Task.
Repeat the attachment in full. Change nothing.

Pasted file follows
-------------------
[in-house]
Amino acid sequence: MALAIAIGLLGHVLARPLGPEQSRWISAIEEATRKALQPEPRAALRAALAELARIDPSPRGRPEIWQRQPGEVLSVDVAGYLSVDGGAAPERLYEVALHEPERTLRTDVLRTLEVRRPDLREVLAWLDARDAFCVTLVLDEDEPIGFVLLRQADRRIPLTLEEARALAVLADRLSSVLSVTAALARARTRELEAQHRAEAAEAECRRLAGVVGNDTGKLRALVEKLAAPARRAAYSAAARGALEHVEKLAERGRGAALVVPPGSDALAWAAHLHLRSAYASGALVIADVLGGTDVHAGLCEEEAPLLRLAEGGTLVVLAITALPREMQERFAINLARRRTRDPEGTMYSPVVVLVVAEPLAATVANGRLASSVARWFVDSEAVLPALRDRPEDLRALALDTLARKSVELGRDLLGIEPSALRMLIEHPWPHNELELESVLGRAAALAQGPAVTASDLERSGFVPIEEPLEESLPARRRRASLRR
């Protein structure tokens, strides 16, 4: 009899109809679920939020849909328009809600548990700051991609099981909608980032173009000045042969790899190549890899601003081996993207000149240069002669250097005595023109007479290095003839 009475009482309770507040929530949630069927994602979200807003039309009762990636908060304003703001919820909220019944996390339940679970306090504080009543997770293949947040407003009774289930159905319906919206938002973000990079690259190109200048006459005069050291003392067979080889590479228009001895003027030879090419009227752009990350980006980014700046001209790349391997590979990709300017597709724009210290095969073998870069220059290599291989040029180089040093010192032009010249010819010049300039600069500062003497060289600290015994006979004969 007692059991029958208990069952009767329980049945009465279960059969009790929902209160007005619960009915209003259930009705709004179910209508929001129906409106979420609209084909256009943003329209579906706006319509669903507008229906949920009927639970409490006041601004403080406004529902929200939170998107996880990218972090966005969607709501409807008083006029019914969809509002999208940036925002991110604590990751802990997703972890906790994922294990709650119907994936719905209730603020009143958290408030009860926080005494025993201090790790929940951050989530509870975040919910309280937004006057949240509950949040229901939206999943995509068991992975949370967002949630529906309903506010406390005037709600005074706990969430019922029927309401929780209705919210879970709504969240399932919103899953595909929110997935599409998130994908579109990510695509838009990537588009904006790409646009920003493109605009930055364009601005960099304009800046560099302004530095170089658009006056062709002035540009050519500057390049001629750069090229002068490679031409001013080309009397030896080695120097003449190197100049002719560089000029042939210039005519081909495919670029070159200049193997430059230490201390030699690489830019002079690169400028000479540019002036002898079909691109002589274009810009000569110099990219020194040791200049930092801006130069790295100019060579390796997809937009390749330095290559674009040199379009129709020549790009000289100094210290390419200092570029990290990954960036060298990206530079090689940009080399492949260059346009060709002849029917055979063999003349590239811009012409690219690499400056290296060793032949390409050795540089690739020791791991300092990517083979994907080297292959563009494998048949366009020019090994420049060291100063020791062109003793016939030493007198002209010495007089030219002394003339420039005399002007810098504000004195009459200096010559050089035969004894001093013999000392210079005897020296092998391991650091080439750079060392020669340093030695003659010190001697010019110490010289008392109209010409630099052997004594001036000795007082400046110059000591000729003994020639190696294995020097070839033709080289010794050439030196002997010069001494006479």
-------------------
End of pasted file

[in-house]
Amino acid sequence: MALAIAIGLLGHVLARPLGPEQSRWISAIEEATRKALQPEPRAALRAALAELARIDPSPRGRPEIWQRQPGEVLSVDVAGYLSVDGGAAPERLYEVALHEPERTLRTDVLRTLEVRRPDLREVLAWLDARDAFCVTLVLDEDEPIGFVLLRQADRRIPLTLEEARALAVLADRLSSVLSVTAALARARTRELEAQHRAEAAEAECRRLAGVVGNDTGKLRALVEKLAAPARRAAYSAAARGALEHVEKLAERGRGAALVVPPGSDALAWAAHLHLRSAYASGALVIADVLGGTDVHAGLCEEEAPLLRLAEGGTLVVLAITALPREMQERFAINLARRRTRDPEGTMYSPVVVLVVAEPLAATVANGRLASSVARWFVDSEAVLPALRDRPEDLRALALDTLARKSVELGRDLLGIEPSALRMLIEHPWPHNELELESVLGRAAALAQGPAVTASDLERSGFVPIEEPLEESLPARRRRASLRR
């Protein structure tokens, strides 16, 4: 009899109809679920939020849909328009809600548990700051991609099981909608980032173009000045042969790899190549890899601003081996993207000149240069002669250097005595023109007479290095003839 009475009482309770507040929530949630069927994602979200807003039309009762990636908060304003703001919820909220019944996390339940679970306090504080009543997770293949947040407003009774289930159905319906919206938002973000990079690259190109200048006459005069050291003392067979080889590479228009001895003027030879090419009227752009990350980006980014700046001209790349391997590979990709300017597709724009210290095969073998870069220059290599291989040029180089040093010192032009010249010819010049300039600069500062003497060289600290015994006979004969 007692059991029958208990069952009767329980049945009465279960059969009790929902209160007005619960009915209003259930009705709004179910209508929001129906409106979420609209084909256009943003329209579906706006319509669903507008229906949920009927639970409490006041601004403080406004529902929200939170998107996880990218972090966005969607709501409807008083006029019914969809509002999208940036925002991110604590990751802990997703972890906790994922294990709650119907994936719905209730603020009143958290408030009860926080005494025993201090790790929940951050989530509870975040919910309280937004006057949240509950949040229901939206999943995509068991992975949370967002949630529906309903506010406390005037709600005074706990969430019922029927309401929780209705919210879970709504969240399932919103899953595909929110997935599409998130994908579109990510695509838009990537588009904006790409646009920003493109605009930055364009601005960099304009800046560099302004530095170089658009006056062709002035540009050519500057390049001629750069090229002068490679031409001013080309009397030896080695120097003449190197100049002719560089000029042939210039005519081909495919670029070159200049193997430059230490201390030699690489830019002079690169400028000479540019002036002898079909691109002589274009810009000569110099990219020194040791200049930092801006130069790295100019060579390796997809937009390749330095290559674009040199379009129709020549790009000289100094210290390419200092570029990290990954960036060298990206530079090689940009080399492949260059346009060709002849029917055979063999003349590239811009012409690219690499400056290296060793032949390409050795540089690739020791791991300092990517083979994907080297292959563009494998048949366009020019090994420049060291100063020791062109003793016939030493007198002209010495007089030219002394003339420039005399002007810098504000004195009459200096010559050089035969004894001093013999000392210079005897020296092998391991650091080439750079060392020669340093030695003659010190001697010019110490010289008392109209010409630099052997004594001036000795007082400046110059000591000729003994020639190696294995020097070839033709080289010794050439030196002997010069001494006479």